The action of layering ideas and materials is inherent within my artistic practice, and for Potlatch I wish to initiate a subtle intervention that involves the wrapping and containment of objects, and the gifting of an artwork within a situation of commerce. Potlatch entails the temporary replacement of the white tissue paper used to wrap purchased goods in Lafayette Maison with stacks printed with twelve colour photographs that I took of Guy Debord’s home in Champot. Participation in the project occurs when someone purchases goods in the department store.
Guy Debord (1932-1994) co-founded the revolutionary organization l’Internationale Situationiste which spanned 1957-1972. Debord is most famous for writing his book The Society of the Spectacle (1967), however my act of wrapping echoes Guy Debord’s earlier output in which the theorist famously wrapped his ﬁrst book Mémoires (1959) in sandpaper, with the sole intention of destroying other books it came into contact with.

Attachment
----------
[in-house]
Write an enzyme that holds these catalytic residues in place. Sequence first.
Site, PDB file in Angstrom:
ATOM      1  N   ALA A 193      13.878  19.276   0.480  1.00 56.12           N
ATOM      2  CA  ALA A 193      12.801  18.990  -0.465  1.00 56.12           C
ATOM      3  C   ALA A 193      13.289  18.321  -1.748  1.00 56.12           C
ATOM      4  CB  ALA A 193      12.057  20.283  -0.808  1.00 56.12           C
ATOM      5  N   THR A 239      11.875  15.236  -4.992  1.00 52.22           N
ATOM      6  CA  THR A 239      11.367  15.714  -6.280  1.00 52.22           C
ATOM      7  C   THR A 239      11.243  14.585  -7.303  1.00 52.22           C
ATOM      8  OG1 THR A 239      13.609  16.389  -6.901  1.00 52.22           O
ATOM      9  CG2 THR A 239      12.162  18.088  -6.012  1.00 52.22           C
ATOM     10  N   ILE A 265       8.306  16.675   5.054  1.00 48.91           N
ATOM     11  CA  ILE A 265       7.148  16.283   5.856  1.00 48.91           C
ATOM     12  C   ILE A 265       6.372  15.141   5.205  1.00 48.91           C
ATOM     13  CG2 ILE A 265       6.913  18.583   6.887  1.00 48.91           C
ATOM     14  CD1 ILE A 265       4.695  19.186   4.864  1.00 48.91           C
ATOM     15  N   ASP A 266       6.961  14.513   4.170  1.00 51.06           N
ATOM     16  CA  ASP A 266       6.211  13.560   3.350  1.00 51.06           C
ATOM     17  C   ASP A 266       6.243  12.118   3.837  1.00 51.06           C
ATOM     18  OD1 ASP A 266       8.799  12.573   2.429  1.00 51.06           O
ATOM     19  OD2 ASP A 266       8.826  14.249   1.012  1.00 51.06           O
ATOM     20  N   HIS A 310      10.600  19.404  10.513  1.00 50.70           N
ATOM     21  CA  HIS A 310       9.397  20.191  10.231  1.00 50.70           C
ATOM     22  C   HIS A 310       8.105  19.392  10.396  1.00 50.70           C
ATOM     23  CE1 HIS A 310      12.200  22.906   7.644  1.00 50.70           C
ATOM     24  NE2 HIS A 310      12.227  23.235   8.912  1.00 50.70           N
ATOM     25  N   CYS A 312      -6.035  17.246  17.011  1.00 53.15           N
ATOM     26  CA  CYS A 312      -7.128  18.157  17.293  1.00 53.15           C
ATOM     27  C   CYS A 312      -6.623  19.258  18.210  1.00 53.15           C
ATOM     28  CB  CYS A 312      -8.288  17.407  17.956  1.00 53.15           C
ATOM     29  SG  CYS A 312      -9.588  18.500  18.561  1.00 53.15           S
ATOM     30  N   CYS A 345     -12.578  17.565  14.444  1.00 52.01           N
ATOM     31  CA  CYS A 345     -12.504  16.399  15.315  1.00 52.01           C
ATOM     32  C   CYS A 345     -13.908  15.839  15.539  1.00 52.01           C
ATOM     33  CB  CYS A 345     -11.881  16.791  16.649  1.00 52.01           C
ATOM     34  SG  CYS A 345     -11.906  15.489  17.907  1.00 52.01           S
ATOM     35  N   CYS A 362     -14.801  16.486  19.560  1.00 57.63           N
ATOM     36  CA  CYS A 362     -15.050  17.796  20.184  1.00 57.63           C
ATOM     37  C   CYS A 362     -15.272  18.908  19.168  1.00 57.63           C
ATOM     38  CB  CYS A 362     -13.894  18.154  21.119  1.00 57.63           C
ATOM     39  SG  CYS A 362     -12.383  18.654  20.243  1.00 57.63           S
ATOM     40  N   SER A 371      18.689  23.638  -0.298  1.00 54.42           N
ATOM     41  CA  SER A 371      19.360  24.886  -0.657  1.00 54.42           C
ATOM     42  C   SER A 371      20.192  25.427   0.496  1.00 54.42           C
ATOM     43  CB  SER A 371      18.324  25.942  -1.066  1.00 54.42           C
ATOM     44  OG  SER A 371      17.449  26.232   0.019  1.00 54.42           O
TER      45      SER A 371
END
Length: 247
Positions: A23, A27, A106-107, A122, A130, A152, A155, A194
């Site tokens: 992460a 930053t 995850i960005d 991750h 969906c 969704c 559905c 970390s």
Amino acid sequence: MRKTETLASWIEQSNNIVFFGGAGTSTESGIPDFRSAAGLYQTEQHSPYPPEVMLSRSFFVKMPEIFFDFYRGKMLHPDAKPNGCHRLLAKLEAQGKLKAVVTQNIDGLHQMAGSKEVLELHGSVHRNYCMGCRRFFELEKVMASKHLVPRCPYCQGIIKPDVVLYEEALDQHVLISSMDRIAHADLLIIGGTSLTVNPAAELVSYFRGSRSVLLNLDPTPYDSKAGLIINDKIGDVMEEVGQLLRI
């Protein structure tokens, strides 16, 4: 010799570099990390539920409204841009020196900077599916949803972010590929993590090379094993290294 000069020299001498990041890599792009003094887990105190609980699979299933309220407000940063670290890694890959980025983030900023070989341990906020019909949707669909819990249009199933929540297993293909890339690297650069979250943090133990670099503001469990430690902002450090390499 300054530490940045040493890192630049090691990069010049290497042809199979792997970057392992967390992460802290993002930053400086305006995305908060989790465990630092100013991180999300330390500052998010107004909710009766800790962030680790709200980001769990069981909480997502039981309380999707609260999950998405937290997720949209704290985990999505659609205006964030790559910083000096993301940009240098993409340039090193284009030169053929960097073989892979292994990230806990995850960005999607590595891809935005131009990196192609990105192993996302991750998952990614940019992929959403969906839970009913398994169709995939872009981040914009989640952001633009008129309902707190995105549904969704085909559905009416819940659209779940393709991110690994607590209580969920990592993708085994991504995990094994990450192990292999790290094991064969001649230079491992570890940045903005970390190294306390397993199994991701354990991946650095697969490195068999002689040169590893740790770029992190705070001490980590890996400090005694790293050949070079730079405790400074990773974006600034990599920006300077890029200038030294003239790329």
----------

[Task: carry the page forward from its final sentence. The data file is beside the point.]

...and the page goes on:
The term “Potlatch” refers to a Native American practice of gift exchange, whereby tribes vie to outdo one another through an action of giving away their wealth. It is also the name of the Lettrist International bulletin that was published between 1954 and 1957, and to which Debord contributed. Like Debord, Potlatch has cultural and intellectual currency.
The work Potlatch not only addresses how objects and images can gain new personal and social meanings through the act of being layered and exchanged as gifts. It also proposes a meeting between two antagonistic entities connected by ideas of homeliness and iconicism: the country house of a leading, dissident intellectual ﬁgure on the one hand, and the home section of a renowned department store on the other. How one might respond is left open ended.